Wednesday, May 12, 2010

Washing the doubt away

Here's an interesting tidbit to start your day: according to a study recently published in the journal Science, washing your hands after making a decision can actually reduce the likelihood of second guessing that decision.  In other words, if after making a decision you wash your hands, you're more likely to be confident and content with your decision.

For me, this brings up two overlapping thoughts.  One is, as the article touches on, that religious ceremonies involving water, such as immersion in a mikvah (ritual bath) are probably based on something more profound, and more interesting, than mere ancient superstition.  This isn't just some silly folk-way. There seems to be something deep within us (whether it’s biologically or societally based, I can’t even guess) that responds to water, and sees it as a boundary of some sort. I always learned that the mikvah is supposed to symbolize the womb – coming out of it is not a cleansing, but a rebirth. When we wash our hands, or come out of the water, we’ve entered a new stage, and we don’t have to look back at the old one (or, at least, we don’t have to be beholden to it).

This idea also brings up the overarching issue of ritual. Many have pointed out that human beings are ritualistic beings. We need ritual in our lives, as a way to mark time and transitions. I’ve even heard some of the popular Angry Atheists (I think it was Richard Harris) say that, in a perfect, atheistic world, we’d still have to find appropriate, non-religious rituals to mark these moments*. It’s pretty close to a universally accepted truth – ritual is important, and ritual is powerful. Ritual, at it’s core, speaks to something deep inside of us – it gives voice to something that we can’t quite express ourselves.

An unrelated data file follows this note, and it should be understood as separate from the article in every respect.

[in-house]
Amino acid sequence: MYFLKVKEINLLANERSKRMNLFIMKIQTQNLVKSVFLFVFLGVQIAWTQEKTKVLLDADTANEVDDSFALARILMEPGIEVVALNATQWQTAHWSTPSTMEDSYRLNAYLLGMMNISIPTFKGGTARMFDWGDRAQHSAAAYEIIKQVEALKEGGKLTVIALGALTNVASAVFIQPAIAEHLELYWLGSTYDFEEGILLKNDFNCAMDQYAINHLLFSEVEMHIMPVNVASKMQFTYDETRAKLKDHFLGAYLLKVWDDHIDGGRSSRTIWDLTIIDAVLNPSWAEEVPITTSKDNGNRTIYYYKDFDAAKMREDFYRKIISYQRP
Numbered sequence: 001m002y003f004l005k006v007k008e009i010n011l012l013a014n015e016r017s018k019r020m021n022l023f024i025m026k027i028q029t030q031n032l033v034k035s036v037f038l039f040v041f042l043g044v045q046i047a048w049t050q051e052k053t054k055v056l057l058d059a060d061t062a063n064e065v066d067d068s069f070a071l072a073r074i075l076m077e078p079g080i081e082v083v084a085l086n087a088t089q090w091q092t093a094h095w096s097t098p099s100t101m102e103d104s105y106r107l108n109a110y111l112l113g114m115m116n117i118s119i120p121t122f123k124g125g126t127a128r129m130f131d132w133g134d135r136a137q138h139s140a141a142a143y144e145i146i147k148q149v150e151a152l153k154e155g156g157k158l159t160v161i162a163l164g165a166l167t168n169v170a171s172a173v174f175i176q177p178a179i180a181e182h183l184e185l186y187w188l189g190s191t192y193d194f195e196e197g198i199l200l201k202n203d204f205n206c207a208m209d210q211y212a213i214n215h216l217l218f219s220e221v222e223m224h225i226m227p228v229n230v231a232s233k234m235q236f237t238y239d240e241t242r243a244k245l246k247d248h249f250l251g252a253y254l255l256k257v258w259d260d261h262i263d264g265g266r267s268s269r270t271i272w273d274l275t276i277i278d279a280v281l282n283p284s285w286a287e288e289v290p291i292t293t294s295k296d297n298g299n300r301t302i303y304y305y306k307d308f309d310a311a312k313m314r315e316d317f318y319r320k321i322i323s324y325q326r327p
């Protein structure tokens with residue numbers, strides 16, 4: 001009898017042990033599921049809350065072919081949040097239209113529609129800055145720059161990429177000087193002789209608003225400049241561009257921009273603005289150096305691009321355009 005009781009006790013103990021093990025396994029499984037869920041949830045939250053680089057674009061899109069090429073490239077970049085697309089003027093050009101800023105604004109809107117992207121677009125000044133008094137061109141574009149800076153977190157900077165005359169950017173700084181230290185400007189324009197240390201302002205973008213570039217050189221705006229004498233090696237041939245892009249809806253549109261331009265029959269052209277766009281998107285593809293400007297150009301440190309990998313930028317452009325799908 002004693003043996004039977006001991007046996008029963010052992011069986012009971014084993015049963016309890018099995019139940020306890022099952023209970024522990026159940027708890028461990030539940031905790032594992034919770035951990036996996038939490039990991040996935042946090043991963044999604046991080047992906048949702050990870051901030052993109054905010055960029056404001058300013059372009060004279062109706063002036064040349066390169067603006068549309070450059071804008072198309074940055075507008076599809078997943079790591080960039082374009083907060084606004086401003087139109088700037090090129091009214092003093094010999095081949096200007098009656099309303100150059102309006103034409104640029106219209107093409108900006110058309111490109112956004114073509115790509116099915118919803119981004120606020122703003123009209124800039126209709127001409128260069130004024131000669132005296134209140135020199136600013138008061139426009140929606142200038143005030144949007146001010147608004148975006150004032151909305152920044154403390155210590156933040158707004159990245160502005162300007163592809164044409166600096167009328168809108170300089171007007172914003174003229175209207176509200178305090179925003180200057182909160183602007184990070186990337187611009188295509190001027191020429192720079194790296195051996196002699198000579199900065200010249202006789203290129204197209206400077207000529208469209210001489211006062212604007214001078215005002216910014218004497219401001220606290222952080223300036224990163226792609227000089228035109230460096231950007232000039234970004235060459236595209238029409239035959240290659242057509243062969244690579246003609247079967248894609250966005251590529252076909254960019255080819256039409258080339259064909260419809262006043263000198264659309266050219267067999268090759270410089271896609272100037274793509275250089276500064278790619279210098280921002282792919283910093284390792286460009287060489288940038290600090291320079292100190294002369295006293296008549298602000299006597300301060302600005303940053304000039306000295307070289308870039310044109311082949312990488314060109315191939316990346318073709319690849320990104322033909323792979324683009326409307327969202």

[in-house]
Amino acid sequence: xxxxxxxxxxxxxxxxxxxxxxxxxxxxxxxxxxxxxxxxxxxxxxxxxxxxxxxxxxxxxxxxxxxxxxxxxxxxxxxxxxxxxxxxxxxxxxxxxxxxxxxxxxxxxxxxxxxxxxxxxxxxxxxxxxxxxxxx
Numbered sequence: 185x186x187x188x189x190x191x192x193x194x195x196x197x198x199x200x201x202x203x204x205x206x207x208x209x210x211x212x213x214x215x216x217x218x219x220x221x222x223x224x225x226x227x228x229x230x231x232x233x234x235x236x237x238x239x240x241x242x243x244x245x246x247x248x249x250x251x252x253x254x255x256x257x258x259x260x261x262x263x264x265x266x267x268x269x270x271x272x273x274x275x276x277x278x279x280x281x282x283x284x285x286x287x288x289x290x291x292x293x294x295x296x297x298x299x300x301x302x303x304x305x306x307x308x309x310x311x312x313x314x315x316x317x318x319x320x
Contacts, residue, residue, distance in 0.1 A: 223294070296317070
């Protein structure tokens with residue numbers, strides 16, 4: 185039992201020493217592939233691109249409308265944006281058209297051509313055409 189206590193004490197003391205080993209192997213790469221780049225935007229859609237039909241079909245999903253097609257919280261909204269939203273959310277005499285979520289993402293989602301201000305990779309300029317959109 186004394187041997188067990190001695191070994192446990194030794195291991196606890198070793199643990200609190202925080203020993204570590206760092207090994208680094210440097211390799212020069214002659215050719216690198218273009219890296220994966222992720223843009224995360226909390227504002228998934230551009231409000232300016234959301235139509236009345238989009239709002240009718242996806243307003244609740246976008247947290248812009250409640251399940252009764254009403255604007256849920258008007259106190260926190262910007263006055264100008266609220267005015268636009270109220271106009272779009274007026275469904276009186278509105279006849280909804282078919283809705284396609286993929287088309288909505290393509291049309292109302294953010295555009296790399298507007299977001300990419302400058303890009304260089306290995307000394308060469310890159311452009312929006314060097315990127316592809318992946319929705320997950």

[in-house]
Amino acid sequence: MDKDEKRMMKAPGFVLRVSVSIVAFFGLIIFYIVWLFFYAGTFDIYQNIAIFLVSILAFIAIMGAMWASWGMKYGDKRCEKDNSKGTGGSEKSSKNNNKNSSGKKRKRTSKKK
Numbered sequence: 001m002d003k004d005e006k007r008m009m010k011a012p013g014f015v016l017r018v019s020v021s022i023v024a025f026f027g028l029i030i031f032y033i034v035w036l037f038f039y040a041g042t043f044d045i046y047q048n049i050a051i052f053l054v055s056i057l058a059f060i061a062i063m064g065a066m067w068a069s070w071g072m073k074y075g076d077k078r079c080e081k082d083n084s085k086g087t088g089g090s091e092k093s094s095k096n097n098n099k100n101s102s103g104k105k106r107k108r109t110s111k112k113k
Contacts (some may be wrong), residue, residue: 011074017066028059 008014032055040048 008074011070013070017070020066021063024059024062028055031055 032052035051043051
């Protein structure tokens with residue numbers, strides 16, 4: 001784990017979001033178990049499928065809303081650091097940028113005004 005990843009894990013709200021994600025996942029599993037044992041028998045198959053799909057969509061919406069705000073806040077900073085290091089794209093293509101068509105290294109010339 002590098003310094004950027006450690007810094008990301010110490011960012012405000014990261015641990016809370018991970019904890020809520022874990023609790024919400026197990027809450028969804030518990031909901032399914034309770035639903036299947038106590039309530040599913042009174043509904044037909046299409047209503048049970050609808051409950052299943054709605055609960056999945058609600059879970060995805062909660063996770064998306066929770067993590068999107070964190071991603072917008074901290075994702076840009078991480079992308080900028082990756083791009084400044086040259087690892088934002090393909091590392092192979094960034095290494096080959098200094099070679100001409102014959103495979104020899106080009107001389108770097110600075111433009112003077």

* I’ve heard others comment that, inevitably, we’d need people who were experts in conducting these rituals, and in establishing/managing the rules for these rituals. And, people would fight over the rituals, and their meanings, and the officiants, and so on. Sound familiar. So, if that’s all true, I’m not sure that we’d actually have anything different than we have now.

If I had to guess, this is probably why most Jews that I know respond more powerfully to lifecycle events (births, weddings, etc) than to holidays – the lifecycle rituals are marking a time which is already significant to them, while the holidays are marking a time on a calendar which is only theoretically relevant to them, at best. When a ritual is closely paralleled to an internal reality, it’s bound to be meaningful. When it’s detached from any substantial personal connection, it’s almost bound to be empty, right?

It’s hardly a new insight, but one worth remembering. Religion which speaks to our lives, religion which connects to that which is already precious to us, is much more likely to be relevant, powerful and transformative than religion which comes at us from the outside. Religion should reflect the spirit, not be foreign to it.

But, on occasion, religion might just offer practical advice. So, here it is: if you’re not sure about something, make a decision, then go wash your hands of it – literally. It may not be, classically speaking, a religious insight. But, if you heard it here first, then I’ll happily take credit for it.

No comments: